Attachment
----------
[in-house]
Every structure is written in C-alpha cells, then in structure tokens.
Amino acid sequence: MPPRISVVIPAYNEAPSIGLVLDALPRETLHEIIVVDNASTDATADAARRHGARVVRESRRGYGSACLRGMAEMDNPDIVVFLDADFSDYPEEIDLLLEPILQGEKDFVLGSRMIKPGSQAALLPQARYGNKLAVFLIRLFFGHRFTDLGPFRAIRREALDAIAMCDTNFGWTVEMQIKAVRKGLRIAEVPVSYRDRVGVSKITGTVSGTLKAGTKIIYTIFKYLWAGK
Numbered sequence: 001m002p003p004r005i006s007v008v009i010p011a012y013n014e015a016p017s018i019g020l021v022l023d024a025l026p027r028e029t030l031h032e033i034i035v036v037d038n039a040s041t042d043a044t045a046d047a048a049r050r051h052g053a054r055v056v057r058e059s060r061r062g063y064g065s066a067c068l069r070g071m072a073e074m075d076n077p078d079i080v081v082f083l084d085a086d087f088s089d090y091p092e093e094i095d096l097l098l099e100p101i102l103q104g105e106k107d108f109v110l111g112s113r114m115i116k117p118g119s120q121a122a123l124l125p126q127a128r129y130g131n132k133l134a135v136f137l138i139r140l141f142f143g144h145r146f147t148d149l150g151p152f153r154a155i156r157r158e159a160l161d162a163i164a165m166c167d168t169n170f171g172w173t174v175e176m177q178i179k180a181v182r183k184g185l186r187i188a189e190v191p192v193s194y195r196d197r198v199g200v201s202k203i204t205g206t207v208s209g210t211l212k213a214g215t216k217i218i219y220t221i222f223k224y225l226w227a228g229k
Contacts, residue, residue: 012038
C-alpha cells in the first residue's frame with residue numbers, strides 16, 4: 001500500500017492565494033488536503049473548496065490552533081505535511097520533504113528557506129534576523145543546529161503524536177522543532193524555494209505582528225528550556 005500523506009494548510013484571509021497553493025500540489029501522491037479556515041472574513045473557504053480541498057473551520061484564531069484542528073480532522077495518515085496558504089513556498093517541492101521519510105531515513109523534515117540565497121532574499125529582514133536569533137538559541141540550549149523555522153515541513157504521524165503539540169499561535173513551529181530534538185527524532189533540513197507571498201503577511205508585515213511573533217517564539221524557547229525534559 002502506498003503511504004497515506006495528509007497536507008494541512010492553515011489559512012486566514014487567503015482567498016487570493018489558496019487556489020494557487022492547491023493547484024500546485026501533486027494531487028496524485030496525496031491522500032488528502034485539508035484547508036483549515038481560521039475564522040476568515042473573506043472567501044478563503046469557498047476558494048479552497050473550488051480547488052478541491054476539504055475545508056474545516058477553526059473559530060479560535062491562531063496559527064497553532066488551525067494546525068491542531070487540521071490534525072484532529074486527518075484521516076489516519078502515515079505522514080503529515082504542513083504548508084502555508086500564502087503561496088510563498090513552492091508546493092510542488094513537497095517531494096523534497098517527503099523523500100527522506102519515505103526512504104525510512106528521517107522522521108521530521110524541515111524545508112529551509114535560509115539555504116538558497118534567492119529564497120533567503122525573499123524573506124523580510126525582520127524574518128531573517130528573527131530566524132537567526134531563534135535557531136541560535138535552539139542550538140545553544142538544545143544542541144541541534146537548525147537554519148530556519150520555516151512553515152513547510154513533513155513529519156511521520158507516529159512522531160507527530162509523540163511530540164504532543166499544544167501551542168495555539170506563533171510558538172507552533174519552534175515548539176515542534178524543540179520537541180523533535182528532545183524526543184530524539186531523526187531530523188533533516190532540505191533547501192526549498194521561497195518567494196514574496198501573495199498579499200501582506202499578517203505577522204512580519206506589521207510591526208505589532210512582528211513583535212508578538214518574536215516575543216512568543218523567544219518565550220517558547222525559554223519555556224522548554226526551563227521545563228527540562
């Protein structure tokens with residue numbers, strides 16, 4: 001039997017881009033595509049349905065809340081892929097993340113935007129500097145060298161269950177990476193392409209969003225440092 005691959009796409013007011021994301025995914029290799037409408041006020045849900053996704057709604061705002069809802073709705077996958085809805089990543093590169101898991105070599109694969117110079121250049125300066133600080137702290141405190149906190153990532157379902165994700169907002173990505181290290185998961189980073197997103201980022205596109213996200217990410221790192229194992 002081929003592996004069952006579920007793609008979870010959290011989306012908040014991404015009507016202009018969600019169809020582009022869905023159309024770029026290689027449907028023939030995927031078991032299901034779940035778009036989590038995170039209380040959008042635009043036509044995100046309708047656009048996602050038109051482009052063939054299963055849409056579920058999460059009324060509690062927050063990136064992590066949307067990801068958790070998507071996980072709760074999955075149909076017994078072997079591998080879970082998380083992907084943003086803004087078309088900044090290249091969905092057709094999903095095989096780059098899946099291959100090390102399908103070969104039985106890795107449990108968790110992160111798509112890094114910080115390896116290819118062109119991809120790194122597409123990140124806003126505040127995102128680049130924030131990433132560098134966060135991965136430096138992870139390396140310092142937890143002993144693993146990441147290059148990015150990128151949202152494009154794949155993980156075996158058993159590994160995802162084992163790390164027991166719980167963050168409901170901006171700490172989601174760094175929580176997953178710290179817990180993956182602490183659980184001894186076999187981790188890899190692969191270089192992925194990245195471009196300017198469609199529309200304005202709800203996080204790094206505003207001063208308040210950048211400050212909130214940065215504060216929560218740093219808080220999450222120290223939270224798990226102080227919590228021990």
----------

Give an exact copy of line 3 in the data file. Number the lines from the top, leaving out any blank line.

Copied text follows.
Amino acid sequence: MPPRISVVIPAYNEAPSIGLVLDALPRETLHEIIVVDNASTDATADAARRHGARVVRESRRGYGSACLRGMAEMDNPDIVVFLDADFSDYPEEIDLLLEPILQGEKDFVLGSRMIKPGSQAALLPQARYGNKLAVFLIRLFFGHRFTDLGPFRAIRREALDAIAMCDTNFGWTVEMQIKAVRKGLRIAEVPVSYRDRVGVSKITGTVSGTLKAGTKIIYTIFKYLWAGK